Migration experts say a corrupt syndicate had lobbied in both Bangladesh and Malaysia to sign the MoU, aiming to profit from the high migration costs.

Additionally, Bangladesh’s poor migration diplomacy has weakened its position as a migrant-origin country, they say.

“There appears to be a corrupt syndicate at play,” said Professor Syeda Rozana Rashid of international relations department at Dhaka University.

She added, “Our government consistently emphasises safe, orderly, and ethical migration. However, the protection of workers’ rights and prevention of exploitation are not given the priority they deserve.”

Why this huge surge in migration cost?

Local recruiters and migration experts blamed the middlemen and syndication of agencies for the skyrocketing migration costs in Bangladesh and the resulting joblessness of workers in destination countries.

However, the agencies permitted to send workers to Malaysia blamed the employers and Malaysian authorities for displacing thousands of workers’ jobs.

Recruiters point out that none of the source countries, except Bangladesh, permitted a limited number of agencies to send workers, which is a major reason for the lack of stability in the sector.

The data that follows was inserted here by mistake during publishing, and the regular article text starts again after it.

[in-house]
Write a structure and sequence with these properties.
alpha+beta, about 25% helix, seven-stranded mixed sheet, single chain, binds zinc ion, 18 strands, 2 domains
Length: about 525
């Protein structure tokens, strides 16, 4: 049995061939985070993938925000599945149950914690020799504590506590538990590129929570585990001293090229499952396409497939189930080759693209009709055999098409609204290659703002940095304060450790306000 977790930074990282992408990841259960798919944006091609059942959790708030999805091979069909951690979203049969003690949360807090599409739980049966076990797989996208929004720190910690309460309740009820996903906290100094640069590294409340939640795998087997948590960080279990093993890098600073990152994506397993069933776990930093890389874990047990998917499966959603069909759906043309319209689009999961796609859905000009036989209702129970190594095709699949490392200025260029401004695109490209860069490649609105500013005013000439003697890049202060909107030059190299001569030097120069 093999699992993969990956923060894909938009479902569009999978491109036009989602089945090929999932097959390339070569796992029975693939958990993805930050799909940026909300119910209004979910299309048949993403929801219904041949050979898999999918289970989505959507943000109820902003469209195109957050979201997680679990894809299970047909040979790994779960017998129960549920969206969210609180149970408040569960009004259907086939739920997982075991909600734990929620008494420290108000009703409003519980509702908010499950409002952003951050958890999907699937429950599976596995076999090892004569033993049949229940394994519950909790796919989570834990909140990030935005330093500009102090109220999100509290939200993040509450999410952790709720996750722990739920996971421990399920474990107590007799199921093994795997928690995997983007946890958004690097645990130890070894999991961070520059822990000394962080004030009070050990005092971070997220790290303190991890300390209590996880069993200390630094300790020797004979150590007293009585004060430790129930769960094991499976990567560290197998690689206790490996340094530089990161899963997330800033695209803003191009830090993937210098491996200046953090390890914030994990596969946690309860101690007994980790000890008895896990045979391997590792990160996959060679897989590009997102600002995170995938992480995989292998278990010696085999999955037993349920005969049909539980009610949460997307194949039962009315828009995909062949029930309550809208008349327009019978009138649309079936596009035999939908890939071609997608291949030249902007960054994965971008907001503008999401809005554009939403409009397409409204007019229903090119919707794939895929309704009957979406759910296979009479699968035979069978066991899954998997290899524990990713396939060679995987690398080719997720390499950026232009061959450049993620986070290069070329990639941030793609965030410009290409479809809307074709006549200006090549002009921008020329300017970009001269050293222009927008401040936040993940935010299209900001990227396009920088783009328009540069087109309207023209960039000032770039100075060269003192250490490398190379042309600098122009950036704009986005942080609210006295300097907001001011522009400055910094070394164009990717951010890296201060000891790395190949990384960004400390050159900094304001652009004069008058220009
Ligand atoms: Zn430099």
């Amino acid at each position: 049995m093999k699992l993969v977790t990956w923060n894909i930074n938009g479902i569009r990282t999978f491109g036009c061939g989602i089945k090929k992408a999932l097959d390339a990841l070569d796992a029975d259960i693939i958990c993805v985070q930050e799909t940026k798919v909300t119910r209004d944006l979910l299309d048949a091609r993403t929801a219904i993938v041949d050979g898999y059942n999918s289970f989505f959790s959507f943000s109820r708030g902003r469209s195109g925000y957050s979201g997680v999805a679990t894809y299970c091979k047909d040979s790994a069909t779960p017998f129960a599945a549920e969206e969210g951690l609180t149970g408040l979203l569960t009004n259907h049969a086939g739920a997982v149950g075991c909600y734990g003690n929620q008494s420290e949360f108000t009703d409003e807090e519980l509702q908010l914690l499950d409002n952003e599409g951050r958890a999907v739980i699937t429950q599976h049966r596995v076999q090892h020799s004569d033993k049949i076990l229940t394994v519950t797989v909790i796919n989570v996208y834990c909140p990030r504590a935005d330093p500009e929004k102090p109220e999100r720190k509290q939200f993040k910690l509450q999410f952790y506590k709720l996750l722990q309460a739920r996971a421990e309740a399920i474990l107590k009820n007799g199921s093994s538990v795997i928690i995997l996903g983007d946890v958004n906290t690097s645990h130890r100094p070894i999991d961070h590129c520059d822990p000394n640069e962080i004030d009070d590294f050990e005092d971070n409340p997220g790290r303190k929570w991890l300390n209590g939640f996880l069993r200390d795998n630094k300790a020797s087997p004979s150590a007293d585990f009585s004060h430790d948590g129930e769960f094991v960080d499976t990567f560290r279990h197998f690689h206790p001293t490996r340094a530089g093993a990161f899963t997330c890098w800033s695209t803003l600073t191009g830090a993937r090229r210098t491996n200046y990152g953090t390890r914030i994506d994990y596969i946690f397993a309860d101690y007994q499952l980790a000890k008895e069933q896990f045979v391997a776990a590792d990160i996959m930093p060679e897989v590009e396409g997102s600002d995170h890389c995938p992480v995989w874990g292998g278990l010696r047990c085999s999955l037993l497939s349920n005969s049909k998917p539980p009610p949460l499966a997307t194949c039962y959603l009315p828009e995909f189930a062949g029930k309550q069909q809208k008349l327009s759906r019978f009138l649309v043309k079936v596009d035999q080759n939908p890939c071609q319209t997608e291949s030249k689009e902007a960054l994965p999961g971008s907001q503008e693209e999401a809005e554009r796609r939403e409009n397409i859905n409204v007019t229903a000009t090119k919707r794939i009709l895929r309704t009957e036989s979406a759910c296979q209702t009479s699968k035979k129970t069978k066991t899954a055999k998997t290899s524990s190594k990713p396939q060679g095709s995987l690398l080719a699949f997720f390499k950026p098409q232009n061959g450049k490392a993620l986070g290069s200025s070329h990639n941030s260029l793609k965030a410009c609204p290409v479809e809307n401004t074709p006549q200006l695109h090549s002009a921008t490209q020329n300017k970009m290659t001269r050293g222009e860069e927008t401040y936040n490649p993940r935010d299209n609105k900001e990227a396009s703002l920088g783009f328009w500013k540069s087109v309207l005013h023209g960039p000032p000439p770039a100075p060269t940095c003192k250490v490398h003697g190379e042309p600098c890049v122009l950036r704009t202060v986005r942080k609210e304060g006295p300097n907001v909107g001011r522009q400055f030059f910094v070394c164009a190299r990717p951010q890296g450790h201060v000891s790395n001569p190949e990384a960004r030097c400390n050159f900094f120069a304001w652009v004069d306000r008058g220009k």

Malaysia currently accepts foreign workers from 15 source countries: Thailand, Cambodia, Nepal, Myanmar, Laos, Vietnam, the Philippines, Pakistan, Sri Lanka, Bangladesh, Turkmenistan, Uzbekistan, Kazakhstan, India, and Indonesia.

Workers from Indonesia, Bangladesh, and Nepal account for over 70% of Malaysia’s migrant labour, with the rest coming from other countries.

Filius Yandono, secretary general of the Association of Indonesian Manpower Placement Companies, told TBS over the phone on 3 February, “Indonesia, for domestic workers going to Malaysia, renewed the MoU in April 2022, where all recruitment costs are covered by the employer. Although the MoU for formal workers has not yet been renewed, according to the Protection of Indonesian Migrant Workers Law of 2017, the recruitment costs must be borne by the employer. However, zero-cost migration has been fully implemented in the plantation and palm oil harvesting sector.”

He mentioned that all of the more than 250 registered recruiting agencies in Indonesia are allowed to send workers.

Rajendra Bhandari, president of Nepal Association of Foreign Employment Agencies, told TBS over phone on 3 February, “All of 931 registered Nepali agencies are allowed to send workers to Malaysia as per the bilateral agreement. And workers will migrate under an employers’ pay model where all costs are borne by the employers.”

The lion’s share of migration costs for Bangladeshi workers is claimed by middlemen, agents in both countries, and employers at the destination.
Meanwhile, since last year, thousands of migrants, mostly from Bangladesh and Nepal, have been left in limbo after arriving in Malaysia, where they were informed that jobs promised to them in exchange for steep recruitment fees were no longer available, reports Reuters.